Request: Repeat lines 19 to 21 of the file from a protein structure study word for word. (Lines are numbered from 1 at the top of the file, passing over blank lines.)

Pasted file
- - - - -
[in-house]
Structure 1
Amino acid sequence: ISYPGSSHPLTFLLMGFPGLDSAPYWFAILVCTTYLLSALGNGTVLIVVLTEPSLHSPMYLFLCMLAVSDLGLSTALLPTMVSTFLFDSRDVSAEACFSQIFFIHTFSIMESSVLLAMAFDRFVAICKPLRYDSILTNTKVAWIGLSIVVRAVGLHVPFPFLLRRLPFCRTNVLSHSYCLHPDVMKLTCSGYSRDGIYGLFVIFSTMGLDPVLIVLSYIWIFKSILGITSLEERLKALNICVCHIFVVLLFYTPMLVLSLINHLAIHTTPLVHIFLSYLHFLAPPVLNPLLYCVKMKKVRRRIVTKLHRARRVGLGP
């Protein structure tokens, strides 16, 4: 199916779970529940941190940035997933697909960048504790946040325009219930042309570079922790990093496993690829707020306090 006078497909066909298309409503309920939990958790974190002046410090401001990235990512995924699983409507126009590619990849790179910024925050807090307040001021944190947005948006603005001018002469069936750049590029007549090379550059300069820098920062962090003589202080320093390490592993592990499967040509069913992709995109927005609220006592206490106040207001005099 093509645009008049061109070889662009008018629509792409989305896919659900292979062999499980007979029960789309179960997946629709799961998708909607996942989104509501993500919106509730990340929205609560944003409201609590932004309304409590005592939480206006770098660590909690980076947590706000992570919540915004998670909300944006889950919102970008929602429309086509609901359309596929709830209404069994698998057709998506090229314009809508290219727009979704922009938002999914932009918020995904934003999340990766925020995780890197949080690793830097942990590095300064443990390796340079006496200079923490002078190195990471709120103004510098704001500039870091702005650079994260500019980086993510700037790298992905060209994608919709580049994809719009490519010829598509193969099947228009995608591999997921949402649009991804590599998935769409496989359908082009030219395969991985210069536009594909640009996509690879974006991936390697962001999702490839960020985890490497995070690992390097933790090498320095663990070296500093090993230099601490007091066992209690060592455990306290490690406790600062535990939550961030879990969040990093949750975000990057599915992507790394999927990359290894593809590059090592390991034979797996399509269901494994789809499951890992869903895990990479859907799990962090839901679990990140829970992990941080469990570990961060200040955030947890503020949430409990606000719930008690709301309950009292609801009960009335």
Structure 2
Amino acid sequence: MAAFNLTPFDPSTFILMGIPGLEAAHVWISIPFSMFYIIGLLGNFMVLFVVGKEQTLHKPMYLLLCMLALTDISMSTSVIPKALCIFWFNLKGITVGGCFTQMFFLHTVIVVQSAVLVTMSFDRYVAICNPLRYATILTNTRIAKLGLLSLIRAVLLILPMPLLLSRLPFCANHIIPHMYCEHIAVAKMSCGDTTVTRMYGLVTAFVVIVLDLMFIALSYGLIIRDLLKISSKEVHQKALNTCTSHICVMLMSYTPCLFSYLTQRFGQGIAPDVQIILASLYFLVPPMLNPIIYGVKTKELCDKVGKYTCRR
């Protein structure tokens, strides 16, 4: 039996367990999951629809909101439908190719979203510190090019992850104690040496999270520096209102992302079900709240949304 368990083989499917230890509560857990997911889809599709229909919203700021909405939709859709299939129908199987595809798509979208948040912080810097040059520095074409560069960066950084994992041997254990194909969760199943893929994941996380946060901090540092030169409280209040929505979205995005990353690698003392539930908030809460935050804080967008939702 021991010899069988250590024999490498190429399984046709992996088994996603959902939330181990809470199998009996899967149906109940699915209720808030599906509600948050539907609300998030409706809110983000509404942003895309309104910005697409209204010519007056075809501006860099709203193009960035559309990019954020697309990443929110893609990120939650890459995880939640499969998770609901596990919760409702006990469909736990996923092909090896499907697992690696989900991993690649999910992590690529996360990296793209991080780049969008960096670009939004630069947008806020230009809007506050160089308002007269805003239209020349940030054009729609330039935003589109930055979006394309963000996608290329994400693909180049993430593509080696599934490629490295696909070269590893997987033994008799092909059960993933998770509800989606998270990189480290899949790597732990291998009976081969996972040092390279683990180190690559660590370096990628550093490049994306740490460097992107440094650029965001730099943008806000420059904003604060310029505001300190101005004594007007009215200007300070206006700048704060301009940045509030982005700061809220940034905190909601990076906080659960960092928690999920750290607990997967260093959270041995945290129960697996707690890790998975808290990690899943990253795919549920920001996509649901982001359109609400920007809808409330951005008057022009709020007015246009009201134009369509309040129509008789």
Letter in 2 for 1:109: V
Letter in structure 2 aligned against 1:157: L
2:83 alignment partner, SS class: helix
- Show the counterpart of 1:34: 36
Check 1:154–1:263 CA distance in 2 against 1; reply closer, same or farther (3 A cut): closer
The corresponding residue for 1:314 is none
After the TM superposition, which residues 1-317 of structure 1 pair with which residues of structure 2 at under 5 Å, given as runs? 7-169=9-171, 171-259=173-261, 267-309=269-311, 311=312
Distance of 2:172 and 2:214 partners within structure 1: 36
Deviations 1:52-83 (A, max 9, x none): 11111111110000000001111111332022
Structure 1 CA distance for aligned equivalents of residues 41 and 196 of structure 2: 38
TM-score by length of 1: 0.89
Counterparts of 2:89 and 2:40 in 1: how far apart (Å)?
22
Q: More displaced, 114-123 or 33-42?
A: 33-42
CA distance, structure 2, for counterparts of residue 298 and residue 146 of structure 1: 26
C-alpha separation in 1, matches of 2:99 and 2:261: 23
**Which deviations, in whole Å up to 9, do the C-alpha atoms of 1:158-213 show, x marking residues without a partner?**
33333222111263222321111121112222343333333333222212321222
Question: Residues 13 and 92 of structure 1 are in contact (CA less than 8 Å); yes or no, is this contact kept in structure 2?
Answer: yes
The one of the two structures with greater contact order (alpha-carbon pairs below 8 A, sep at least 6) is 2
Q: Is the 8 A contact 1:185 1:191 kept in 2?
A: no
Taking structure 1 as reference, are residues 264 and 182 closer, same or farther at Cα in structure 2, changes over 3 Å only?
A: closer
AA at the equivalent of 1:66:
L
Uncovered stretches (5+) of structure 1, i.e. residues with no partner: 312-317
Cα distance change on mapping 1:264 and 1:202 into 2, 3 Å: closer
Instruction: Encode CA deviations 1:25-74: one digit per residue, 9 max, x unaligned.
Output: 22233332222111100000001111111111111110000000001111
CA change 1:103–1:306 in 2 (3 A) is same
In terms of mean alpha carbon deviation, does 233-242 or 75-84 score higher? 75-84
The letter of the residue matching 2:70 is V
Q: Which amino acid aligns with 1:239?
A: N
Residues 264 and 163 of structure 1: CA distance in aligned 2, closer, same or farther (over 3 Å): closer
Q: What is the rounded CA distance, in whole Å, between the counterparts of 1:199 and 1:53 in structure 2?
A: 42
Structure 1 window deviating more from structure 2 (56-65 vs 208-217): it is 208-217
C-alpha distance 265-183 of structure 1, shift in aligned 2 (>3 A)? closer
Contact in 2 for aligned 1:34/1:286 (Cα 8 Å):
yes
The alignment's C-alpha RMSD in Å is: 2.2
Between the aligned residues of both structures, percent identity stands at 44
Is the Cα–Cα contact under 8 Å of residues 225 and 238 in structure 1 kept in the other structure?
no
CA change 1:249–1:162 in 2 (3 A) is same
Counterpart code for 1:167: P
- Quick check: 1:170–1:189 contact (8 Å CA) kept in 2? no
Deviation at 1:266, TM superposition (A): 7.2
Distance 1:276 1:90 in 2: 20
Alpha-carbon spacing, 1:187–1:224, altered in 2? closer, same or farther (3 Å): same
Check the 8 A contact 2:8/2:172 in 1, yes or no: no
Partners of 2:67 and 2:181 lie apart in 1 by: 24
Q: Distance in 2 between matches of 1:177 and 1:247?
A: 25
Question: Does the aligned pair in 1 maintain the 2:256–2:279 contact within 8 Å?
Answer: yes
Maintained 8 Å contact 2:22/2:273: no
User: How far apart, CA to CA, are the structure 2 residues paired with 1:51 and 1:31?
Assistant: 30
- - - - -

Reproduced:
Counterparts of 2:89 and 2:40 in 1: how far apart (Å)?
22
Q: More displaced, 114-123 or 33-42?